League of Legends
Call of Duty
Riot Games has become a minority shareholder in Statespace, the developer of esports training platform Aim Lab, according to a press release. The decision marks the continuation of the partnership between Riot, the developers behind League of Legends and VALORANT, and Aim Lab.
In 2021, Aim Lab became an official partner of the VALORANT Champions Tour. Under the new agreement, that partnership will deepen as Aim Lab becomes VALORANT’s official training and coaching platform. Aim Lab will now be adding Riot’s intellectual properties, including in-game physics, maps and weapons, to their training. The goal is to give VALORANT players the most accurate training possible.
The press release also mentioned that while the initial focus is on developing further tools in Aim Lab for VALORANT, eventually MOBA elements more in line with League of Legends will follow.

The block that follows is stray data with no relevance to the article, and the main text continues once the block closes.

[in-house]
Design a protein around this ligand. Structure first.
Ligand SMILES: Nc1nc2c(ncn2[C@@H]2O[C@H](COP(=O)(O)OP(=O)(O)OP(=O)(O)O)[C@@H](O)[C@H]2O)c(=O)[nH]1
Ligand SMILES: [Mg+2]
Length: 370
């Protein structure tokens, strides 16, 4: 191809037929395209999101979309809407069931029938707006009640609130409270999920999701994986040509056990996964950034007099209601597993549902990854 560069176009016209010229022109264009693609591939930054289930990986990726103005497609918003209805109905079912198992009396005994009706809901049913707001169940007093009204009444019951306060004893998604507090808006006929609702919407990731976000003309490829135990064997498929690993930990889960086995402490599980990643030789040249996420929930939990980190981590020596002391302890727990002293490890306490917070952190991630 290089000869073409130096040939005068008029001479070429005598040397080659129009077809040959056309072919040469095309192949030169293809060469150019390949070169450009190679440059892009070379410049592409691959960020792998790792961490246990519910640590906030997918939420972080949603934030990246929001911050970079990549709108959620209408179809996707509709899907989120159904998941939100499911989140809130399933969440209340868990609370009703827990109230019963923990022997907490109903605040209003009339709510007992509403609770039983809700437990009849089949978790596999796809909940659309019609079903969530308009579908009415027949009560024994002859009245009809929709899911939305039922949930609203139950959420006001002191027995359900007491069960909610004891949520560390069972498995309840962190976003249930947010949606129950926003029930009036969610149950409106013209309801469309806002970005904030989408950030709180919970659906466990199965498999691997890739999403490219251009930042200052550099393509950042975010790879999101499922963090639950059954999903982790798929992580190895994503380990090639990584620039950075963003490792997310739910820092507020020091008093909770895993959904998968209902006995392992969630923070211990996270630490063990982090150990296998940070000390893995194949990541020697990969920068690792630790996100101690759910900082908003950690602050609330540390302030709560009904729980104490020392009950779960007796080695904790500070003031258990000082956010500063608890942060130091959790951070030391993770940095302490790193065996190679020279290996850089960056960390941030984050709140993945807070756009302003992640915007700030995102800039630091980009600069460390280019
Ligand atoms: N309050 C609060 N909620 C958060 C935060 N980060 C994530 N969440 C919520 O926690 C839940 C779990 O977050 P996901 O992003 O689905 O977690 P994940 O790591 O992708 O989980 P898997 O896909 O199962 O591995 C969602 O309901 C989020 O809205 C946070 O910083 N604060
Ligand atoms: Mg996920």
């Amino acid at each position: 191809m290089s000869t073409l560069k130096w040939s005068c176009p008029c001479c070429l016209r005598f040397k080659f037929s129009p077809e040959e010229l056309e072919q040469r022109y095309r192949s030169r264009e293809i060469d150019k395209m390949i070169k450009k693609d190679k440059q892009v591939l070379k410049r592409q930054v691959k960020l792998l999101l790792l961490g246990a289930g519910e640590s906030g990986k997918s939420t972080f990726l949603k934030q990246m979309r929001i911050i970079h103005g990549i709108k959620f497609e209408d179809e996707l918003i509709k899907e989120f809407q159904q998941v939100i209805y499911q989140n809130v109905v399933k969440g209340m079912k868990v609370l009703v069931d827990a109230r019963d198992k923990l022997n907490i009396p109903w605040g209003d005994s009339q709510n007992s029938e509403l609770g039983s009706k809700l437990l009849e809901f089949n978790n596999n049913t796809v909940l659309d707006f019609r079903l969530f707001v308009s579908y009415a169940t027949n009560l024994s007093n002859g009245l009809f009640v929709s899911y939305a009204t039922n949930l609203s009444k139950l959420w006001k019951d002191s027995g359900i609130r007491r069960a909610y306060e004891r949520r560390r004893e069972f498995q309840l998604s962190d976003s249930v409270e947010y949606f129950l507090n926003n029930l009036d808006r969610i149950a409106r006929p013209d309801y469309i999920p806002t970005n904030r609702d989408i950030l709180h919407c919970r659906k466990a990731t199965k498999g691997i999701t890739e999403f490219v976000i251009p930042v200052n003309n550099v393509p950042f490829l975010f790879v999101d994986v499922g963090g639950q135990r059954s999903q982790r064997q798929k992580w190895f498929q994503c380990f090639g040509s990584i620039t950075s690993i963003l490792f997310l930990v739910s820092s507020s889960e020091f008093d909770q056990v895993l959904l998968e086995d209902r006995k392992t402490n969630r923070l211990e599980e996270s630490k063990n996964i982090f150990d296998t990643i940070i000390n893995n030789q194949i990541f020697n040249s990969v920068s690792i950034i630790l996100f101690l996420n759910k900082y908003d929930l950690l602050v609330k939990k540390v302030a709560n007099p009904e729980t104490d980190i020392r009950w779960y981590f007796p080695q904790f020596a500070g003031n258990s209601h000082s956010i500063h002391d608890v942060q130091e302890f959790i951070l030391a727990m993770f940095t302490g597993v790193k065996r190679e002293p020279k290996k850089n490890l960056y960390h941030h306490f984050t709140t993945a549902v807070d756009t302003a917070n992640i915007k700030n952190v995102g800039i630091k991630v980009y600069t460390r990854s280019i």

“We look forward to collaborating with Statespace on developing innovative training and coaching tools for VALORANT and MOBA players around the world to improve their skills at every level,” Jake Perlman-Garr, global head of corporate development at Riot Games, said.
While Statespace’s Aim Lab has built a close connection to the VCT, even being installed on all the players’ PCs for use in warm-up, they’ve also partnered with other FPS esports like the Call of Duty League. It remains to be seen how these partnerships will continue in light of Statespace’s expanded relationship with Riot Games.
“Riot has been the best partner, collaborator and facilitator that we could have asked for,” Wayne Mackey, CEO of Statespace, said. “We are thrilled to continue to improve player experience through training, coaching and scouting in VALORANT and soon, in League of Legends.”
Statespace was founded by Wayne Mackey, a neuroscientist, in 2017. They developed Aim Lab, a training and coaching platform, that grew to have 25 million players worldwide. Aim Lab is the official training partner of Riot, VALORANT Champions Tour and Game Changers, Rainbow Six: Siege and Call of Duty Pro League.
Coby Zucker is Upcomer's resident CS:GO writer. He's also played League of Legends at the collegiate level and is a frequent visitor in TFT Challenger Elo. He's a firm believer that Toronto should be the next big esports hub city.